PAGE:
I couldn’t help but think of a famous Jeff Daniels quote after dishing out my first one star review last week and witnessing this Sunday’s rebirth of Aaron Sorkin’s newsroom.
“Just when I thought you couldn’t possibly be any dumber, you go and do something like this… and totally redeem yourself!”
The ratings held steady after the strong premiere episode, however I’m curious to see if The Newsroom will see a drop off after a disappointing second episode. I can make the case that it was the worst episode of the series to date. Curiously enough, the latest installment of The Newsroom, “Willie Pete,” was the series’ most cohesive episode, ably refocusing to develop the key plot points that were hastily introduced last week.
On the Frontlines:
It’s no secret that Sorkin leans left. Just look at the idealistic fantasy of news coverage his newsroom tries to project on its colleagues, rivals and viewers. In “Willie Pete” not only is Will’s self-righteous “mission to civilize” taken to an extraordinary new level, but also it rubs off on Jim, who fails in three weeks of political reporting to understand that politics is one big charade.
Will is, in essence, supposed to be this tried and true Republican, a former Bush 43 speechwriter whose gifted law skills have allowed him to do what every journalist dreams of: making those in charge accountable for their actions. Will can be that guy but he’ll have to lean left as Sorkin dreams of loftier ambitions for his main character. This starts in the episode with Will’s commentary on a 2011 Republican primary debate in which crowd members booed a soldier who asked a question about gay rights in the military. Will gets as fired up as we’ve ever seen him, wondering aloud whether the candidates should have addressed the issue and promising that the boo birds would soon “be in hell, but not soon enough.”
A bitter Will continues on this path of redemption in the wake of his “American Taliban” comments that are still causing issues. He even challenges Charlie, claiming that they can be “decent.” The Newsroom was more than decent on Sunday and you have to give Sorkin credit for sticking with his game plan. After overwhelming us with a mother load of interesting scenarios to be played out during the season, Sorkin honed in on what he does best, creating dialogue that is fast-paced and witty while committing his characters to find an emotional connection with each other.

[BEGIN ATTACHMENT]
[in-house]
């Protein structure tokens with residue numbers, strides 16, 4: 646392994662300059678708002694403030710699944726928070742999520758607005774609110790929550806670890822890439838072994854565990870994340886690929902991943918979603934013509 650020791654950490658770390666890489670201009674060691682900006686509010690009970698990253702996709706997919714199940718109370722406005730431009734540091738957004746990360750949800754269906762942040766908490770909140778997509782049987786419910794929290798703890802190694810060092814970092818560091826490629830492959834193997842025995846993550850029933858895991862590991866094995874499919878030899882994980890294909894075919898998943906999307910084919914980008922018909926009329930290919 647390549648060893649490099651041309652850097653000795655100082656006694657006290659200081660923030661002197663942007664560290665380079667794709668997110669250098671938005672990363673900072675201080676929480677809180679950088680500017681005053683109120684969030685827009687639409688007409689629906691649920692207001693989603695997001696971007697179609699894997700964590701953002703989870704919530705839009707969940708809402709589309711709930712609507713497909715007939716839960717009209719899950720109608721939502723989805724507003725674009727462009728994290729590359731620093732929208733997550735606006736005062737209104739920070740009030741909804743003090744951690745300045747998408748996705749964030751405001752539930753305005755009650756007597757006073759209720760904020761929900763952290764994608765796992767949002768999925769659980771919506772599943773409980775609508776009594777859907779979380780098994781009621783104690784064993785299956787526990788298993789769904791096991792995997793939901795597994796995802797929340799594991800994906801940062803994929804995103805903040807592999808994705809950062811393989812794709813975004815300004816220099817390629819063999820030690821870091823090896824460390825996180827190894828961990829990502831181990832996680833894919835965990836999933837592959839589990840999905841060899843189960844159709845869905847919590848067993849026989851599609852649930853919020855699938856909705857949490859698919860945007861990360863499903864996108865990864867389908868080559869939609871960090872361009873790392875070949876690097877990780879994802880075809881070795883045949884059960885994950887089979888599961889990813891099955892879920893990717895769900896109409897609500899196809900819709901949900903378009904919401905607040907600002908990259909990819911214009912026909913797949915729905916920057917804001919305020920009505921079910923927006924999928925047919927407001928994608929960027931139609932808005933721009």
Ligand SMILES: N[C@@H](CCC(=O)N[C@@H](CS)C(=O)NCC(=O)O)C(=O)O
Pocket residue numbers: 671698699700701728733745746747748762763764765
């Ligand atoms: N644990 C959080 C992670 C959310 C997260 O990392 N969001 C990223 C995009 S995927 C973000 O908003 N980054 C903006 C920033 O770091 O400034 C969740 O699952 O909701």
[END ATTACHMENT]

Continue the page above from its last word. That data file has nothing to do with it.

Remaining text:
Nowhere is that more evident than between Will and Mac, who don’t seem all that far off from engaging in something other than a heated work discussion. Once again there to thwart any sparks is Nina Howard, who easily buys into Will’s “mission,” and his pants. We’ll sort out those juicy details in the next section.
As the title suggests, Jim remains on the frontlines of the Romney campaign and what seemed like a bleak, hopeless dead end has fruitfully evolved into one of the more promising plot points. Jim carries out the mission to be “decent” by pushing the Romney campaign advisors on specifics of the former Massachusetts governor’s plans for the White House. He then leads a rebellion of journalists – one that would surely get a few people fired in the real world – to fight the good fight and cover a campaign the way God intended them to do it, alone, without the comfort of free turkey sandwiches and a cushy Mitt approved tour bus.
The good news is Hallie, easily the most annoying person in episodes one and two, has lightened up and could be the next Jim Harper groupie. After the hero stunt he pulled on the tour bus, Jim proved that he has balls, big ones to be specific. We’ll see where that gets him.
Finally, we get to the big Jerry Dantana scoop that Mac and Charlie are rightfully hesitant on. “Whistle blowers can be patriots,” Jerry points out. The scoop wasn’t a major focus until toward the end of the episode, but we got enough little snippets to realize this is going to be something that rocks the newsroom. Jerry has kind of just been doing his own thing quietly, whereas when Jim was doing his own thing last season and somehow still commanding everyone’s attention. I think Jerry will eventually become a necessary part of Will’s “mission,” though for now it’s Jim who is showing that he has what it takes to help The Newsroom find its balance in news coverage, as well as theatrics.
Mac still wants to hear the “I’m not just saying this because I’m high” voicemail. She wants to hear it so bad that she’s brought it up everyday for two months. The anticipation just continues to build for when Will and Mac inevitably give up their past squabbles and embrace the feelings they have for each other. I can’t image Nina Howard getting in the way of that for too long.
Don showing signs of having a crush on Sloan as he enters that gushy post-relationship period where you think every little open door can lead you somewhere promising. I like the idea of Don/Sloan eventually but it’s too soon. Think of poor Maggie!
I tried to get #FreeJimHarper trending last week to no avail. He’s now freed from the shackles of the unresponsive Romney campaign and he’s possibly found a potential love interest that could take the sting of out the Maggie rejection. Win-win.
You have totally redeemed yourself, The Newsroom. Now that he seems to have figured out a formula for success, can Sorkin build off this episode and keep the show flowing just right?
Den of Geek Rating: 4 Out of 5 Stars